"[Ty Palowski] doesn’t like folding his many shirts. He saw one of those boards on TV that supposedly simplifies folding, but it does require you to manually move the board. That just won’t do, so [Ty] motorized it to create a shirt folding robot.
The board idea is nothing new, and probably many people wouldn’t mind the simple operation required, but what else are you going to do with your 3D printer but make motor mounts for a shirt folding machine? The folding board is, of course, too big for 3D printing so he made that part out of cardboard at first and then what looks like foam board.
The side “wings” were easy to manipulate, but the top fold required a little more effort. The machine still requires a manual fold at the end and, of course, you have to put the shirt on the right way for things to work...
"It turns out that you can help change the world by just changing your laundry settings. A new study out of Northumbria University in partnership with Proctor & Gamble — makers of products such as Ariel, Tide, Downy and Lenor — found that 13,000 tons of microfibers are being released into European marine environments every year and that this figure could be reduced by up to 30 percent if the Earth’s residents just changed their laundry habits.
The researchers found that 96 percent of the fibers released were natural, coming from cotton, wool, and viscose, with synthetic fibers, such as nylon, polyester, and acrylic accounting for just four percent. However, a recent study by Newcastle University suggests that this four percent makes up almost a fifth of microplastics in our oceans.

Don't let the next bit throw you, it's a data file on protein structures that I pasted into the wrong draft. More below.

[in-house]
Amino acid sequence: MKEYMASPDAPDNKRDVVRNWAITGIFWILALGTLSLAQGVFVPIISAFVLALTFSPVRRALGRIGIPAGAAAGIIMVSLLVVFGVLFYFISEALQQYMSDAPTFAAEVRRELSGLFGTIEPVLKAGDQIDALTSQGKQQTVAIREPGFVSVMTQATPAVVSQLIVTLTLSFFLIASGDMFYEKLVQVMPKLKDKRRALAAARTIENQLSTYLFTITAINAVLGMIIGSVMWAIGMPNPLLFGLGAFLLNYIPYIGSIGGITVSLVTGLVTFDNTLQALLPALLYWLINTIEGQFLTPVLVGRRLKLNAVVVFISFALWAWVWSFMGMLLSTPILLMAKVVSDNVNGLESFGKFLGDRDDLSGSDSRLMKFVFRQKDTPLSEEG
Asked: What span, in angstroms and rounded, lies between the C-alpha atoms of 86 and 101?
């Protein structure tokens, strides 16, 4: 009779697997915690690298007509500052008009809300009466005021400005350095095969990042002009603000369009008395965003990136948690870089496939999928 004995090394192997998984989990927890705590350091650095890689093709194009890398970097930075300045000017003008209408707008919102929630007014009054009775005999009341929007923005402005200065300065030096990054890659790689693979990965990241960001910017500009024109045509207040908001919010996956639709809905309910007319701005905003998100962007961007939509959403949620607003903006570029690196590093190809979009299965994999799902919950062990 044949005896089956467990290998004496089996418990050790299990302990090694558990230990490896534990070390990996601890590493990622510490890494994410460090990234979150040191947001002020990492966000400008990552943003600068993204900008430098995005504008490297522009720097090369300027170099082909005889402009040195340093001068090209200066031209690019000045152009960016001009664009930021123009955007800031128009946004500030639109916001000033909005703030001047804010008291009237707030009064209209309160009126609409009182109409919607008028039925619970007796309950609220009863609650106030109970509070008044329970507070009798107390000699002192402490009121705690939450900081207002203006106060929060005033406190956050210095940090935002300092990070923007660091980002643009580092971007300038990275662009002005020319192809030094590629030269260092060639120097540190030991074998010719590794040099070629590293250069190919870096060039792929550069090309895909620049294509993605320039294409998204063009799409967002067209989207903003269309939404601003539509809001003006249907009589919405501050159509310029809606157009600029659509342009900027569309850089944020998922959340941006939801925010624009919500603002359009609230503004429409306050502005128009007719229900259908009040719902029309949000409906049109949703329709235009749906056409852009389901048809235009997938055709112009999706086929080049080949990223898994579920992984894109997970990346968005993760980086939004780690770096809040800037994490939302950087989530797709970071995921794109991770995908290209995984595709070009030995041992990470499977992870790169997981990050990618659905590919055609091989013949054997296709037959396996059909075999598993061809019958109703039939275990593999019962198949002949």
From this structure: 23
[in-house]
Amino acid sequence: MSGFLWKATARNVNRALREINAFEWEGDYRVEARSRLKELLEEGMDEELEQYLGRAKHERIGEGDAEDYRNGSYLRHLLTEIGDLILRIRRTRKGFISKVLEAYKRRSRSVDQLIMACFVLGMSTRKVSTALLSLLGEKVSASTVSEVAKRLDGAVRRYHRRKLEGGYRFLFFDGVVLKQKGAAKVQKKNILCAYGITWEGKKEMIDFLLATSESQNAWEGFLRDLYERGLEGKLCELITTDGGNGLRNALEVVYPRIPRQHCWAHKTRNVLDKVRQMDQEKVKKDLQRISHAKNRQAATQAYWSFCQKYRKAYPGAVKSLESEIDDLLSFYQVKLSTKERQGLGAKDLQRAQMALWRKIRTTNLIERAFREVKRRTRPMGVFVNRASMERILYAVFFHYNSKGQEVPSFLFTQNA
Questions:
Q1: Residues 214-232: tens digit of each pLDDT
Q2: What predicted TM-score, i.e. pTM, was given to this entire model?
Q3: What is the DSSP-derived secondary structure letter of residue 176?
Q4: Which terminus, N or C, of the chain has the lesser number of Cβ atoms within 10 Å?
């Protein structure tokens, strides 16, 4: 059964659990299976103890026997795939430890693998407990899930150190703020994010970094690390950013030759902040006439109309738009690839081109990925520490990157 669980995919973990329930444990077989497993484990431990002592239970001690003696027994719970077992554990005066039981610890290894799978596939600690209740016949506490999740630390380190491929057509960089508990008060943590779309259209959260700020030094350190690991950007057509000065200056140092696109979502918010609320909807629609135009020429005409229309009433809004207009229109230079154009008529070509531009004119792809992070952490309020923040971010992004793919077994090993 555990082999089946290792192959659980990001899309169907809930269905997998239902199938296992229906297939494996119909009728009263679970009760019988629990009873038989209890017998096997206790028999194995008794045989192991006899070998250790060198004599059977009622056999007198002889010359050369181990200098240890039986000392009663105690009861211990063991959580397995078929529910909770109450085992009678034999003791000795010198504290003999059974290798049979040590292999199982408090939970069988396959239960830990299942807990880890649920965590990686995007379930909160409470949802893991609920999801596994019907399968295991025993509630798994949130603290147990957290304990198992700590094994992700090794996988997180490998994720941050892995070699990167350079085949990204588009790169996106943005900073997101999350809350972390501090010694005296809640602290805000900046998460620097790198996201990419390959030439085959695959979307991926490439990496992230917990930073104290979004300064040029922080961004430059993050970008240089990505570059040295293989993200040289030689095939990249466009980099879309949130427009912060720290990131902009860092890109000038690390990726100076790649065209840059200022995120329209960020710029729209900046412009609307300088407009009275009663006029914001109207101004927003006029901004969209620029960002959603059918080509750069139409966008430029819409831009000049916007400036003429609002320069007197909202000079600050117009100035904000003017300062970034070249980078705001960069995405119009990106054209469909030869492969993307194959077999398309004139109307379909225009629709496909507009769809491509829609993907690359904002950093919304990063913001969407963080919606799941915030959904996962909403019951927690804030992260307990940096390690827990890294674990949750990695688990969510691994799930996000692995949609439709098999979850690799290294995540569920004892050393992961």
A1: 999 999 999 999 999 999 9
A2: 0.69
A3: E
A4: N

The best way, according to the Northumbria researchers, to reduce the number of polluting microfibers is to make small changes such...
"A Terre Haute dry cleaner reports a decrease in demand for services. Laundromats and dry cleaners are considered essential businesses. Courtesy Cleaning Centers in Terre Haute have remained open throughout the COVID-19 pandemic. Courtesy Cleaners employee Pat Bennett says he's glad to have remained open.
"We were lucky that we were deemed essential, because people need clean clothes, regardless of what's going on in the world,” said Bennett.
As folks work from home, dry cleaning has declined.
"Dry cleaning did drop off pretty significantly, pretty suddenly, but they changed the production hours. it used to be we'd have things ready the next day. Now, it's every other day we'll run the plant, so there's an amount of things built up, so we can give the employees’ hours.""
Read more on this story here.
Like many other businesses, the dry cleaning industry has been impacted greatly by COVID-19. As an essential business,...